“Noncontroversial” Embryonic Stem Cells?

An article from Bioscience Technology, a working scientist’s rag, has argued that everyone can have their lifetime supply of embryonic stem cells. Below is a summary of the article, after which I will comment on it.

Susan Fisher is the director of the UCSF Human Embryonic Stem Cell program. Last week, her lab reported that they have efficiently created embryonic stem cell lines from the cells removed from early embryos for Preimplantation Genetic Diagnosis (PGD) clinics. PGD takes a single cell from an early embryo that was created by means of in vitro fertilization, and subjects that single cell to genetic analyses to determine if the embryo carries a genetic disease. Because early human embryos have the ability to “regulate,” the removal of a single simply spurs the cells of the embryo to undergo extra cell divisions. The embryos subjected to PGD are then either destroyed, if they harbor a genetic disease, or implanted into the mother’s womb and gestated.

However, these cells removed from embryos could also be used to make an embryonic stem cell culture, since they could be seeded in culture to make an embryonic stem (ES) cell line. Therefore, in theory, cells could now be routinely removed from in vitro fertilization (IVF) clinic embryos, to provide them with a lifetime supply of their own embryonic stem cells. Because these cells were made without destroying embryos, they would be uncontroversial.

“Back in the mid-2000’s, when California was trying to decide whether to fund ES cell research, thousands of interested people would come out to hear us speak about topics like this,” says Fisher, interviewed after her report to the New York Stem Cell Foundation conference last week. “It is possible this particular, refined approach will generate that kind of interest now.”

ES cells have the greatest potency of any human stem cells and they can potentially form every cell type in the adult human body. Because such cells were recently harvested, they would not possess any of the mutations that ES cultures can acquire when they are grown for long periods of time in culture.

Traditionally, ES cell lines have been derived from stored, spare embryos from IVF clinics that were donated by other patients. Therefore, they are not immunologically identical to patients who potentially need them. Patients who receive non-matching tissues must take harsh immunosuppressive drugs for years to avoid rejecting the cells, and even then, over time the immune eventually wins the fight in some cases.

In recent years, scientists have turned to induced Pluripotential Stem Cells (IPSCs). IPSCs are made by genetically engineering adult cells to express four genes that de-differentiate the cells so that they are embryonic-like cells. IPSCs have been a boon to research, since scientists hace used them to make “disease in a dish” models on which to try drugs. But IPSCs are often riddled with mutations, as they come from adults. They have not yet hit the clinic as a result (although trials are upcoming).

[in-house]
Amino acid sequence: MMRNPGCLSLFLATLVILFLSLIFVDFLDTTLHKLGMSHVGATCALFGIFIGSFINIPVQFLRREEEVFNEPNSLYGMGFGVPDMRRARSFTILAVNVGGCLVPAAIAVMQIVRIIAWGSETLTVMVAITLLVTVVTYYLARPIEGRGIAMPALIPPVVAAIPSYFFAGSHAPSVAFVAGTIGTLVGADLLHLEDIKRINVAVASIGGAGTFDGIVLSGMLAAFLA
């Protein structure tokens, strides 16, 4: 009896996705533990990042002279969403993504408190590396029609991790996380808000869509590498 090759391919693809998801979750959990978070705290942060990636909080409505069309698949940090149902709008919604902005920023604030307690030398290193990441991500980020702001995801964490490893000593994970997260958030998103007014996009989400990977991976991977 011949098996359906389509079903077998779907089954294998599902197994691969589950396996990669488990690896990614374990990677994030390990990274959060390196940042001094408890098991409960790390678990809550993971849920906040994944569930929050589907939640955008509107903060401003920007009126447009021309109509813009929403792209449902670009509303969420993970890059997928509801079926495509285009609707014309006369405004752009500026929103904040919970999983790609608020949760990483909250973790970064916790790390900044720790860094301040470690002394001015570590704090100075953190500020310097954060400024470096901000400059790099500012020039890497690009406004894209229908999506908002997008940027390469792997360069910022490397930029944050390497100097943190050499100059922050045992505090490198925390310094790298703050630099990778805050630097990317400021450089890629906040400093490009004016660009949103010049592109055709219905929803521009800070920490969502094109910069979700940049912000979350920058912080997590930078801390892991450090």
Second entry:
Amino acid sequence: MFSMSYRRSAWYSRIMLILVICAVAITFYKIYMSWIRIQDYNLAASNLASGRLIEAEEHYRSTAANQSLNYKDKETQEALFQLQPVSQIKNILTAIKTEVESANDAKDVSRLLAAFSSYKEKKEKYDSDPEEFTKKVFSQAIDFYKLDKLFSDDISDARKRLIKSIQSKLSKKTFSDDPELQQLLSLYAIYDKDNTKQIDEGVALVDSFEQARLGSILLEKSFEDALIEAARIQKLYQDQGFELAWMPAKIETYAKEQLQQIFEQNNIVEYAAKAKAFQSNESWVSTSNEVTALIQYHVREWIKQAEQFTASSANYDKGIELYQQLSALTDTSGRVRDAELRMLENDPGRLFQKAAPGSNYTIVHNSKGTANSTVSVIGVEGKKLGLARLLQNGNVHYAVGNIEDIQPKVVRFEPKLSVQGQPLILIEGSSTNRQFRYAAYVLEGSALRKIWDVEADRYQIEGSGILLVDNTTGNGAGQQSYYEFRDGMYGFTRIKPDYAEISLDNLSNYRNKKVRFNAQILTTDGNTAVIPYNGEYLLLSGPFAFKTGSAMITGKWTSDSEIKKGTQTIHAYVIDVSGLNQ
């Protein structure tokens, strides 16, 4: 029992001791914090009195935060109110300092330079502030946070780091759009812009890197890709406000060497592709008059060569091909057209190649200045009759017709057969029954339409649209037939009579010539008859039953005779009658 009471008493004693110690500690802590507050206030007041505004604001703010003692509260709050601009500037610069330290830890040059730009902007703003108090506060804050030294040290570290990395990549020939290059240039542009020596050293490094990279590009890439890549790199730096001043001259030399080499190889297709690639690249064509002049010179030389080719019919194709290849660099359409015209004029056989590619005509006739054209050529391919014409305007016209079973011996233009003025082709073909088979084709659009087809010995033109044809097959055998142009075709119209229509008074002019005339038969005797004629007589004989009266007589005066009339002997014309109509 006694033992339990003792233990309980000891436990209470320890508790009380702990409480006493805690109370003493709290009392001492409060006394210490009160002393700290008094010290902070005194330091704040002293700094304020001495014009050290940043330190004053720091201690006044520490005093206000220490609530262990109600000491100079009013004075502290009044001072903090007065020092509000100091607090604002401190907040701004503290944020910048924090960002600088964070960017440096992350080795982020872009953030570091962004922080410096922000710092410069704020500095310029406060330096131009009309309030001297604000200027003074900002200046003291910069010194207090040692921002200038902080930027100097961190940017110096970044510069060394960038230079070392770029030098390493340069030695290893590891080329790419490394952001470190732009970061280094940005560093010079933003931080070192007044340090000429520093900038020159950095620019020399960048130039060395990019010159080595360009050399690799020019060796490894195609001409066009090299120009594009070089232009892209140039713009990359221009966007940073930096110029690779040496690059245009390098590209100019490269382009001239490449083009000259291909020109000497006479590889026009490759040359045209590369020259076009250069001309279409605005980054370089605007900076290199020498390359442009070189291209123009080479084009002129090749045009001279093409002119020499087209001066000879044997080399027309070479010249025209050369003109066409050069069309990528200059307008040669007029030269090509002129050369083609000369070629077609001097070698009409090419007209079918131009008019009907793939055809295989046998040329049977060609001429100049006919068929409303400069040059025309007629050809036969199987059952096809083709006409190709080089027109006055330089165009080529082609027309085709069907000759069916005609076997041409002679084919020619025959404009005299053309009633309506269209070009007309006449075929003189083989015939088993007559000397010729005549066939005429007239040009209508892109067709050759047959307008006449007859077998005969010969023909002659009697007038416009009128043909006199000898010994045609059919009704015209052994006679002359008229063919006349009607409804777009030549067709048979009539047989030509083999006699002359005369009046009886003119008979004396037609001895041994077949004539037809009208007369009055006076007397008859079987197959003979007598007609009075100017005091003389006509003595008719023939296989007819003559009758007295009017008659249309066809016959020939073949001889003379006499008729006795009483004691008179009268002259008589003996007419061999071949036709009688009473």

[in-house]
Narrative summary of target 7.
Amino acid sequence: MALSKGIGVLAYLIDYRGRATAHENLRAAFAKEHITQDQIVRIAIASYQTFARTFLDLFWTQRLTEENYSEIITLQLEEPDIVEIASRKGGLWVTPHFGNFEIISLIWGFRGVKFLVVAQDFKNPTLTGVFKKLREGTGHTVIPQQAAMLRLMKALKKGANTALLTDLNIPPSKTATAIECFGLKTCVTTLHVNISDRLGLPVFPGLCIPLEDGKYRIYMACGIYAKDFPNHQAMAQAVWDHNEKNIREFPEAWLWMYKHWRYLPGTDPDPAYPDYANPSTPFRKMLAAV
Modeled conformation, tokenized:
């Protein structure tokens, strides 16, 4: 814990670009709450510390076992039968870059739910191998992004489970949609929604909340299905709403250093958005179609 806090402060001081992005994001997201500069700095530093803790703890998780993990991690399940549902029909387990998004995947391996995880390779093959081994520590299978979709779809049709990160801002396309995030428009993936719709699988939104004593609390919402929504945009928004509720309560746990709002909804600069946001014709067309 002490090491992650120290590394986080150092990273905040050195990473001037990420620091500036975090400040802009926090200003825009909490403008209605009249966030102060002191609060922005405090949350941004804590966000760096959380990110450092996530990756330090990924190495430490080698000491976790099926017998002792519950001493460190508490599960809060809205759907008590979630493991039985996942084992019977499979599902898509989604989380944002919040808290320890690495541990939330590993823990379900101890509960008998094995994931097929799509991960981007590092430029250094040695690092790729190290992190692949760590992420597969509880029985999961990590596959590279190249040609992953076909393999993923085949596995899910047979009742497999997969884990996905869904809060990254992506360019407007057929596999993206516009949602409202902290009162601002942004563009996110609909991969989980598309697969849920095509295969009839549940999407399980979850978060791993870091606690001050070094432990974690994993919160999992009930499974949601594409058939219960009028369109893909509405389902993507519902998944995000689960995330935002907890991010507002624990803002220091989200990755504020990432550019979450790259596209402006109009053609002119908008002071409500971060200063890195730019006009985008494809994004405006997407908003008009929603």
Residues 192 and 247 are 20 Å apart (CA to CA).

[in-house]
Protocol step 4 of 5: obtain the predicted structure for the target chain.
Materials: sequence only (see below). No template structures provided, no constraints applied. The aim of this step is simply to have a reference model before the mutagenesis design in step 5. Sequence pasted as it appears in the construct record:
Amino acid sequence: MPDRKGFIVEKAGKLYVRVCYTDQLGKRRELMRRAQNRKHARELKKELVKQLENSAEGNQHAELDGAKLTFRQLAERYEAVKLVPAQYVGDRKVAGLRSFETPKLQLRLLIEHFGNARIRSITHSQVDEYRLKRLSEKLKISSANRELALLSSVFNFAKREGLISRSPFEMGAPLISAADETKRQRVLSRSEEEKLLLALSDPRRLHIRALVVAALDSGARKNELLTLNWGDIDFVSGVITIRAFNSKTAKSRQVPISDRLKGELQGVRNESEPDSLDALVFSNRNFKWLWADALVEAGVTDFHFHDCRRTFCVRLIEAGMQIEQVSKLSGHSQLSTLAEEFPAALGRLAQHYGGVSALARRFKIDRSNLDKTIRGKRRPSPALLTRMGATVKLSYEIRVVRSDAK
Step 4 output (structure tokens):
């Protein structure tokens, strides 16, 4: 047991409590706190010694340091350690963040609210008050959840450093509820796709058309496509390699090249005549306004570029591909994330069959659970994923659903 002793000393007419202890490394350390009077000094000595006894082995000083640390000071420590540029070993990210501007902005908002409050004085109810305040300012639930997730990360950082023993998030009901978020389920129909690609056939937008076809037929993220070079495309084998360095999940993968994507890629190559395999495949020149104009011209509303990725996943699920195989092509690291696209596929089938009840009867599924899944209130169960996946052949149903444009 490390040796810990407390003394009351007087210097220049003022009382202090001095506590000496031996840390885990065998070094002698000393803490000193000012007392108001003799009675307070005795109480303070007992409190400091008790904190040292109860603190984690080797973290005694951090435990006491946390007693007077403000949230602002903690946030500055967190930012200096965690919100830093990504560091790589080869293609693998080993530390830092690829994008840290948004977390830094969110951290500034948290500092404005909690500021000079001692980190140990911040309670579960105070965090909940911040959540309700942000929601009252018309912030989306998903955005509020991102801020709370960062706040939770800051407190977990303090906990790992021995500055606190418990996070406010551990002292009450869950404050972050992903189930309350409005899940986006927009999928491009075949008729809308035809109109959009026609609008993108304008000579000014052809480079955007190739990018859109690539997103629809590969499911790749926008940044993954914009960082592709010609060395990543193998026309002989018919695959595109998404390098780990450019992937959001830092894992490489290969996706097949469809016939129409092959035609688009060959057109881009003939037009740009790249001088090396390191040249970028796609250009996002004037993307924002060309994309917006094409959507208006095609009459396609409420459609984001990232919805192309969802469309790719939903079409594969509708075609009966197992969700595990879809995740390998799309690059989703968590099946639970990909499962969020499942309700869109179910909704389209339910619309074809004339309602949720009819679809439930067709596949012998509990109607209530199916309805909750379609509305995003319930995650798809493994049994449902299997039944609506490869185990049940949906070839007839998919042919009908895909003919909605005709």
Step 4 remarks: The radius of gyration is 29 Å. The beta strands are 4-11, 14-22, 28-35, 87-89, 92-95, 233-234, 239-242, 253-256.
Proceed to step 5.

However, Fisher, following on the heels of very preliminary work published in the journal Nature by the biotechnology company ACT, has refined the ability to create possibly uncontroversial stem cells—that are immunological matches to patients. By removing one cell from a very young human embryo, Fisher thinks that scientist might be able to produce a veritably unlimited supply of ES cells that are immunologically identical to the embyros from which they came. And as the embryos aren’t destroyed, but implanted into the mothers’ uteruses, the derivation of these tailor-made ES cells should be uncontroversial. “We will see how this is received,” Fisher says.

The process, she reported, is robust, if still not easy to pull off. This procedure, however, is labor-intensive and required a great deal of skill to pull off. In Fisher’s lab at UCSF, they derived ten human ES cell lines from four eight-cell embryos and one 12-cell embryo from a single couple.

When compared to standard ES cells, the UCSF lines were healthy and “formed derivatives of the three germ layers” like standard ES cells. Furthermore, these cells could form trophoblasts (placental cells), and Fisher’s team used them to create the first human trophoblast stem cell line. This is something that standard ES cells cannot do and this could make the UCSF cells useful in the clinic for diseases affecting the placenta.

Will patients begin turning to such cells? A few companies in the mid-2000s started offering designer ES cells like these, but that practice ended due to lack of interest or understanding, Fisher says. Additionally, some technical problems—later fully rectified—associated with the earlier Nature ACT paper may have cast a pall on enthusiasm for the approach, others in the field note.

“It remains to be seen if a place will be found for both iPS and ES cells,” Fisher concludes.

Now follows my comments: